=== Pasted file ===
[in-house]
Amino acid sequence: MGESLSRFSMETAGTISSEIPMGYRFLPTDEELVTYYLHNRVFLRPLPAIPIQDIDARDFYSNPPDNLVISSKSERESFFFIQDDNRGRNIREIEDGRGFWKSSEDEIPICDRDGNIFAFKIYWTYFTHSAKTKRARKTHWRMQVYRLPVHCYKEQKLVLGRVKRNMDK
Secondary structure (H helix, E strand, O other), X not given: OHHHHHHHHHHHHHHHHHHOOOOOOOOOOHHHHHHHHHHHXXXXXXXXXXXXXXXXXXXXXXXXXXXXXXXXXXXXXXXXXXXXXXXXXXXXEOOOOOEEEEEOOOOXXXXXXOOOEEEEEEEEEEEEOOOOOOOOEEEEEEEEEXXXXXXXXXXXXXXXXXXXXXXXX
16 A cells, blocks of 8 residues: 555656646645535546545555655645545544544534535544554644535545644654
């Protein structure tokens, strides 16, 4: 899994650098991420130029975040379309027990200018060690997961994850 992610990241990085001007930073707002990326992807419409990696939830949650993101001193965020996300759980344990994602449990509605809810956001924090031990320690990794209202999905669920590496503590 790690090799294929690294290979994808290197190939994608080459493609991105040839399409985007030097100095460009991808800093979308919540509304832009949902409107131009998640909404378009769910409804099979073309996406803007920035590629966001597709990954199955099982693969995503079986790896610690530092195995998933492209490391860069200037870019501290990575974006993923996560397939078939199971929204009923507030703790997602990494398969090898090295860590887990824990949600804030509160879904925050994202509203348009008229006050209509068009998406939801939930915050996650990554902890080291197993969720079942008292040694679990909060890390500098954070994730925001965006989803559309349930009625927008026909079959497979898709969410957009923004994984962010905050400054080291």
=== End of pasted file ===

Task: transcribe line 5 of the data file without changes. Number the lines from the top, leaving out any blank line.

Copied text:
């Protein structure tokens, strides 16, 4: 899994650098991420130029975040379309027990200018060690997961994850 992610990241990085001007930073707002990326992807419409990696939830949650993101001193965020996300759980344990994602449990509605809810956001924090031990320690990794209202999905669920590496503590 790690090799294929690294290979994808290197190939994608080459493609991105040839399409985007030097100095460009991808800093979308919540509304832009949902409107131009998640909404378009769910409804099979073309996406803007920035590629966001597709990954199955099982693969995503079986790896610690530092195995998933492209490391860069200037870019501290990575974006993923996560397939078939199971929204009923507030703790997602990494398969090898090295860590887990824990949600804030509160879904925050994202509203348009008229006050209509068009998406939801939930915050996650990554902890080291197993969720079942008292040694679990909060890390500098954070994730925001965006989803559309349930009625927008026909079959497979898709969410957009923004994984962010905050400054080291």